By Sidna Brower Mitchell
The integration of the University of Mississippi by James Meredith in the fall of 1962 was a life-changing event for me. As editor of The Daily Mississippian, I realized that I could stand up for what I believe despite the repercussions. I certainly found out who my friends and supporters were and sadly I learned to be a cynic and a bit suspicious in reading or listening to the media.
As journalism students at Ole Miss, we heard over and over the importance of objective reporting and checking the so-called facts by Drs. Sam Talbert and Jere Hoar. And for the most part, back in those days — 50 years ago — the reporting was basically factual, leaving the editorial comments where they were supposed to be — on the editorial page. Not so today.
Perhaps the best coverage of the integration and the events afterwards was done by the Christian Science Monitor, which is no longer in print form. We had famous reporters such as Roger Mudd, Dan Rather, Joe Cumming and others who made their mark based on their reporting at Ole Miss.
In attempting to be fair in my editorials in The Daily Mississippian, I was accused of not “upholding Southern traditions.” I felt compelled to express my opinion when behavior was not appropriate — “Don’t riot, boys — or the University was endangered of losing its accreditation. As a result, the Campus Senate decided to censor me, but soon found that was the wrong word since as an elected editor, that body could only censure me. Unfortunately, that action only brought on more national criticism of this Southern university while I received favorable coverage in the press, even some of the Mississippi newspapers.
About the same time, the Kappa Alpha fraternity began circulating a petition to impeach me. Luckily, that didn’t go far, especially with the Kappas (KKG), my sorority, although some of my sisters didn’t approve of my writings. One would spit on me if I walked up the main stairs in the Kappa house; I soon started going up the back stairs that happened to be closer to my room.
Thank goodness for the friendship and sometimes advice from Dr. Jim Silver and his wife, Dutch. When things really got heated on campus, the Silvers would invite me over for dinner or just a break from the hectic times. Dr. Silver’s main advice was not to interview James Meredith or even meet him because that would create major issues for both of us. Meredith and I didn’t meet until 40 years later.
Most of my father’s small dairy and food supply business was in Mississippi so I was very concerned about my editorials. Always supportive, he told me not to worry — “Write what you think is right.” Many years later, after Daddy passed away, I found letters from some of his Mississippi customers who said they agreed with my editorials but couldn’t say that in public for fear of losing business in their communities.
Evidently one Mississippi radio station not only chastised me but also claimed I had been sleeping with James Meredith. My father was furious and contacted a lawyer who told Daddy not to bother suing.
On campus, the Rebel Underground had a heyday calling me “the Pink Princess” among other accusations. I even had one student who followed me around, spouting derogatory comments. (I later heard that he had been kicked out of school for growing or using marijuana.)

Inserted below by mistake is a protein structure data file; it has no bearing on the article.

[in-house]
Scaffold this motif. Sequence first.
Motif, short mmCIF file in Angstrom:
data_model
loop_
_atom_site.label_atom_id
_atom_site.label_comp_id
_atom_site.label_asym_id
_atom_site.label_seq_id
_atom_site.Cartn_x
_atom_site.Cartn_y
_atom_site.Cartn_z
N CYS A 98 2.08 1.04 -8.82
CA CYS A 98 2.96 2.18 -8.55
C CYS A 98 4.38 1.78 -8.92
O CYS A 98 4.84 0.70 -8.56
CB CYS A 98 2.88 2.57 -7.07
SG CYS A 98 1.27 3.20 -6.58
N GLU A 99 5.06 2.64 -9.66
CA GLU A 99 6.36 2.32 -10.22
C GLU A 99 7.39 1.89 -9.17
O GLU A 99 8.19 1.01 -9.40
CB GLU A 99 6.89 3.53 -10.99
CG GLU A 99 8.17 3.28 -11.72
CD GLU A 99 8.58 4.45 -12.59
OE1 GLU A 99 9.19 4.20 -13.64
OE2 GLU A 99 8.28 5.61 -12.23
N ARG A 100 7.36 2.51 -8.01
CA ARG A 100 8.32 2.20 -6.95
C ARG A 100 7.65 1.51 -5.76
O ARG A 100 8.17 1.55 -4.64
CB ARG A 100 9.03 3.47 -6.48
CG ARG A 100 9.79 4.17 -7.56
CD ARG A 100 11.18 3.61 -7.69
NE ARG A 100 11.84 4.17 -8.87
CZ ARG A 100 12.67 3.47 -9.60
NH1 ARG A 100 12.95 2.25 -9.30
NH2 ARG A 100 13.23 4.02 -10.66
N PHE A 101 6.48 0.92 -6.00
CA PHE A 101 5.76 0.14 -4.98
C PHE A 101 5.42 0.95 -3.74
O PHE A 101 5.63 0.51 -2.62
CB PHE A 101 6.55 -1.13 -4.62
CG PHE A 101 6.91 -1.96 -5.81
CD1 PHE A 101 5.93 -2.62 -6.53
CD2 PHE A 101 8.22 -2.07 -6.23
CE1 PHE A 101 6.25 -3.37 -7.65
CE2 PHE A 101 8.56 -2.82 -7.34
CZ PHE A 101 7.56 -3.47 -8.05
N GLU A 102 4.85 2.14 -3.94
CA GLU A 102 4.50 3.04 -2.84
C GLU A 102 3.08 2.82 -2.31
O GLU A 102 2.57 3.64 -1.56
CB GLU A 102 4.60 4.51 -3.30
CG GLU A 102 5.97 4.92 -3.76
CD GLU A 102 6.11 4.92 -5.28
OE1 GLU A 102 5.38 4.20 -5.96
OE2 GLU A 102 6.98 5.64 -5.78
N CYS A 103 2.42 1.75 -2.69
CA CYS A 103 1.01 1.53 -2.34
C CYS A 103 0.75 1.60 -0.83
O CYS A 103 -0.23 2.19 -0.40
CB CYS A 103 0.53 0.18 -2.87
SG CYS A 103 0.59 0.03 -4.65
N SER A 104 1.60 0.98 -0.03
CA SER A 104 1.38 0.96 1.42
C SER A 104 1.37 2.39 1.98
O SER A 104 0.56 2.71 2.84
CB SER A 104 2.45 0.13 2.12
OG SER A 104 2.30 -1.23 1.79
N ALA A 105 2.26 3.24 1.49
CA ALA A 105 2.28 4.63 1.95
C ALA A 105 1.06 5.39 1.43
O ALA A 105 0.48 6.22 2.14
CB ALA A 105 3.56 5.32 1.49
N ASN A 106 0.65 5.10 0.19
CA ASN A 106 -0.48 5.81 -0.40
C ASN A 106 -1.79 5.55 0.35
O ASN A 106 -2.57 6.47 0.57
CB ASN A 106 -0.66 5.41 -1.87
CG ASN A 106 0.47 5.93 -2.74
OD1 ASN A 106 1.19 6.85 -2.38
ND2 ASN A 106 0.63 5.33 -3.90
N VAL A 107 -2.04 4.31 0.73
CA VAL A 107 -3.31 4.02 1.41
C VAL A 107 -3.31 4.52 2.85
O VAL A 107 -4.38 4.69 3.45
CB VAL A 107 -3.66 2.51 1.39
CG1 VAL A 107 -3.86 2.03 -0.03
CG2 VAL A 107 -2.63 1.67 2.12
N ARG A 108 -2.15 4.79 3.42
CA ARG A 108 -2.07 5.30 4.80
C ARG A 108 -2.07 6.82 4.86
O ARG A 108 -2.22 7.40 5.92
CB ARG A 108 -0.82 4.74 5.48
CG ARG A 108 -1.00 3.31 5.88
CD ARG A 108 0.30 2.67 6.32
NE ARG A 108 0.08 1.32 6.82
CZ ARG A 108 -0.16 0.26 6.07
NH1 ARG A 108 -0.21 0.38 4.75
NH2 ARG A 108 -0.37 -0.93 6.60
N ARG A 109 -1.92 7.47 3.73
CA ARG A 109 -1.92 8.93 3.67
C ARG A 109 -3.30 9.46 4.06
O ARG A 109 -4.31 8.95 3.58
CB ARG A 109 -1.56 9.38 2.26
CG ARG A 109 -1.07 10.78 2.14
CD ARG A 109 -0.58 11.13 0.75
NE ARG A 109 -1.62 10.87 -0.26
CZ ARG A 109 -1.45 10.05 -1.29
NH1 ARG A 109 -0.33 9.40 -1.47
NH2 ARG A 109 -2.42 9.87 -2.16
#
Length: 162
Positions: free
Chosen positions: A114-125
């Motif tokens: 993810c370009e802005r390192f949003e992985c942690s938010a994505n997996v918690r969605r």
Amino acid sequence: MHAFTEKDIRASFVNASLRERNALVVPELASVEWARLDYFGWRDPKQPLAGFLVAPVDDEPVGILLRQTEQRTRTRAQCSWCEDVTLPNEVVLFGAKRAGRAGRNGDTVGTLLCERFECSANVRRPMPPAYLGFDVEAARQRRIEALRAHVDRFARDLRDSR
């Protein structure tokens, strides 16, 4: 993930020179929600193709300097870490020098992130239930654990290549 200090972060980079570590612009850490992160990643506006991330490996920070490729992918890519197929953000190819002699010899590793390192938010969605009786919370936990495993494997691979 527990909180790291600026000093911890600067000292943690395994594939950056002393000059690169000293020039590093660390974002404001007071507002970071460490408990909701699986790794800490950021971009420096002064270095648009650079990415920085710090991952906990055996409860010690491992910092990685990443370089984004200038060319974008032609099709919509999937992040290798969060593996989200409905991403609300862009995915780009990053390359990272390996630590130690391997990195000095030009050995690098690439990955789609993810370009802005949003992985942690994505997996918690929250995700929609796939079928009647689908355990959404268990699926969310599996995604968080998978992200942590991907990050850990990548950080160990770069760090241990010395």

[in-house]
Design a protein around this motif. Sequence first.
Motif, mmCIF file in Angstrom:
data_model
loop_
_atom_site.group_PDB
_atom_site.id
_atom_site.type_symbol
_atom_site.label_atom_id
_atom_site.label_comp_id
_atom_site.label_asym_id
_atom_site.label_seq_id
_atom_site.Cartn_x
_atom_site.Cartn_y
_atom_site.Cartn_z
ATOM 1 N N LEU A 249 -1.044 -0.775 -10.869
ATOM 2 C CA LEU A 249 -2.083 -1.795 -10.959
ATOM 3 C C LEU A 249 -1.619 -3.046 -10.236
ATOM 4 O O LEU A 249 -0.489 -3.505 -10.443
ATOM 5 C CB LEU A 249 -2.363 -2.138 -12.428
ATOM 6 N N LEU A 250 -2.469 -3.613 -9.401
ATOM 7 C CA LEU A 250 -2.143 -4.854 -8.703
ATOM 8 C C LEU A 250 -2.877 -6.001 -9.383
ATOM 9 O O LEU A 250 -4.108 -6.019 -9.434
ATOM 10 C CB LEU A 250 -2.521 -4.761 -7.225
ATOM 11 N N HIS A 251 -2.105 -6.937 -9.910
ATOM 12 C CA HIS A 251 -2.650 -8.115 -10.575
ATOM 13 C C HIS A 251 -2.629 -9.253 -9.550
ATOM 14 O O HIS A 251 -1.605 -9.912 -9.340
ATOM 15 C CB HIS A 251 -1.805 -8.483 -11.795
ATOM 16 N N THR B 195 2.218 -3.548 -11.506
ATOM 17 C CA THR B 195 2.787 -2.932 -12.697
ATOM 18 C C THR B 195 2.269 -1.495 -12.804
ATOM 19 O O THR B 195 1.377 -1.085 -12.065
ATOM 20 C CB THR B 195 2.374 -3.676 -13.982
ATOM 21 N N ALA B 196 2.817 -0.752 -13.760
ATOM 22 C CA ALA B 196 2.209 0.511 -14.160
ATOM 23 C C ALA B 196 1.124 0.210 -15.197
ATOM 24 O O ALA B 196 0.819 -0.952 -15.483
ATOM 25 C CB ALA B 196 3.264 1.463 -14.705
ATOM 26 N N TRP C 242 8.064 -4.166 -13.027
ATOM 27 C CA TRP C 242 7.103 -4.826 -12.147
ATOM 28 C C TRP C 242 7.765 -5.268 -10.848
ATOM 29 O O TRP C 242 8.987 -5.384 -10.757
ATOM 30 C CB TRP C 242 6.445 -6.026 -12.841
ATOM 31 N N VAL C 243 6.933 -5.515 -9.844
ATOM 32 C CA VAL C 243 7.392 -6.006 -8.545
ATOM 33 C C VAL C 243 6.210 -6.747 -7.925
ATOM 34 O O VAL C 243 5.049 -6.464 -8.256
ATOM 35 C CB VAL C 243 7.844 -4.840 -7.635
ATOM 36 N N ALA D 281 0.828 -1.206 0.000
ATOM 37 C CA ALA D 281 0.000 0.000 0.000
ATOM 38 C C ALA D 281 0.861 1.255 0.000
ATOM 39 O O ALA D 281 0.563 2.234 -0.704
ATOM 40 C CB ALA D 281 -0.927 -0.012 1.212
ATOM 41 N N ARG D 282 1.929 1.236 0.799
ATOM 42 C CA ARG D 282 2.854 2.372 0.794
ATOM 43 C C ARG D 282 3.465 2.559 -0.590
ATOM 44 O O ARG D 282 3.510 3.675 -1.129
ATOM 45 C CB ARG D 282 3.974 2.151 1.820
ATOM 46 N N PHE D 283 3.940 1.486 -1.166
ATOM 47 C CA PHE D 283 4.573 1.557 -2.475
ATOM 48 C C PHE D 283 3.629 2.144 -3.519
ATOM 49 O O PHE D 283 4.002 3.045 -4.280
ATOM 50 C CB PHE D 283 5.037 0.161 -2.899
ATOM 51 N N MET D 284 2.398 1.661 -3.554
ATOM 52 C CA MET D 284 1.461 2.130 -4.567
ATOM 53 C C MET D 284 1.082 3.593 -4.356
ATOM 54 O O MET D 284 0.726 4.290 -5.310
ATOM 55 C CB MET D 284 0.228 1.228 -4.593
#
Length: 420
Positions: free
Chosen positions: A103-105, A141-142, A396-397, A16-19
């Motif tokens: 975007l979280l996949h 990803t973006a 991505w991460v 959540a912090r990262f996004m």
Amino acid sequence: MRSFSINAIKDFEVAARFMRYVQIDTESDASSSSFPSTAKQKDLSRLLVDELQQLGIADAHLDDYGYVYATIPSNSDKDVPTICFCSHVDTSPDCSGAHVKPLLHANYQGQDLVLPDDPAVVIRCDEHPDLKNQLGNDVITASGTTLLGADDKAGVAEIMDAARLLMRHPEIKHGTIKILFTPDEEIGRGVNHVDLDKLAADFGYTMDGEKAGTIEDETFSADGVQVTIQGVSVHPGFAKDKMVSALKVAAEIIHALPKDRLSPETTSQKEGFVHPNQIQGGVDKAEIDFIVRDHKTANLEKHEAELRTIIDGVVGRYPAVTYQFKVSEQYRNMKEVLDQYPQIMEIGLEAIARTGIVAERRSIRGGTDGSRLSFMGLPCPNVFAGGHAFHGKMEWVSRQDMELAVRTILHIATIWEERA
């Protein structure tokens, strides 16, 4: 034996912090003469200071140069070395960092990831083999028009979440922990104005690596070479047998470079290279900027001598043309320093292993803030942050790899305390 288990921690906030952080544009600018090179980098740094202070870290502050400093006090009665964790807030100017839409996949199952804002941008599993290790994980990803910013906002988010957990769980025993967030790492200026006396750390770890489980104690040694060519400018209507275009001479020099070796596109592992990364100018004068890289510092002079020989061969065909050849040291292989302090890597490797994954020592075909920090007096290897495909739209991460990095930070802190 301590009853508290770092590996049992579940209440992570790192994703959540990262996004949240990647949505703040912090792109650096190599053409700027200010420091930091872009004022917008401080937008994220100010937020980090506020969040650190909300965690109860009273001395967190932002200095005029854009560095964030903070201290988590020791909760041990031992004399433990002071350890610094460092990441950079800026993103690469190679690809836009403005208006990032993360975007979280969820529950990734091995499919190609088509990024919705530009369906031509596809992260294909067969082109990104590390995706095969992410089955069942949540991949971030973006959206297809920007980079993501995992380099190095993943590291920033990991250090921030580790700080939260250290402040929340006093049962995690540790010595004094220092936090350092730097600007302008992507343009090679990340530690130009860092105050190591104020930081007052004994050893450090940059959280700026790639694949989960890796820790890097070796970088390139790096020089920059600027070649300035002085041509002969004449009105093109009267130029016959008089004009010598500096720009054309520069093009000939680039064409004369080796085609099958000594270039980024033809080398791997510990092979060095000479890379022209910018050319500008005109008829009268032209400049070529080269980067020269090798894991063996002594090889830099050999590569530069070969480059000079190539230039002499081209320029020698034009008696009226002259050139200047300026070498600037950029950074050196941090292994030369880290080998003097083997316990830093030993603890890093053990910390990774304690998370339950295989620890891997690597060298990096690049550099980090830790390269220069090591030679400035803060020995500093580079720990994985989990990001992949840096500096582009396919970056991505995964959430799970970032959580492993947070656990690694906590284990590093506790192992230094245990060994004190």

All of these interruptions, distractions and stress only complicated my trying to put out a daily newspaper — girls had to be in by 11 p.m. in those days — and graduate.
I managed to accomplish both but my problems were nothing compared to what James Meredith had to go through. Although I believed he had a right to be there, I felt I could never print that in The Daily Mississippian for that would create more uprisings and perhaps be detrimental to the University. However, I think almost everyone would admit that James Meredith was a brave man.
Sidna Brower Mitchell, a Memphis native, was graduated from Ole Miss in 1963 when she was named to the Hall of Fame. As editor of the Daily Mississippian when James Meredith integrated the university, she was nominated for a Pulitzer Prize for her editorials and received a number of other honors and job offers. Sidna accepted an internship with Scripps-Howard to become a general assignment reporter for the World Telegram and Sun in New York City and a deskman for UPI in London. Her other media work included being officer in charge of employee communications for Citibank in New York City, a hospital community affairs director and an assistant director of development for a NYC management consultant firm. She and her late husband owned weekly newspapers in Morris County, NJ, for 25 years, where she has continued to write a weekly cooking column since 1975. Sidna retired as deputy director of the New Jersey Council on Affordable Housing (COAH).
Although retired, Sidna continues to be active on a state and local level. She serves on the state board for CAI-NJ (Community Association Institute-New Jersey), a Middlesex County GOP committeewoman, on the Rossmoor Board of Governors, president of the Rossmoor Kiwanis Club, president of the Rossmoor Republican Club and Community Church secretary. Her sport is serious croquet in which she has participated in tournaments in New Jersey, Pennsylvania, Delaware and Florida.
This article was originally published in the Meek School of Journalism and New Media Alumni Magazine and appears here with permission.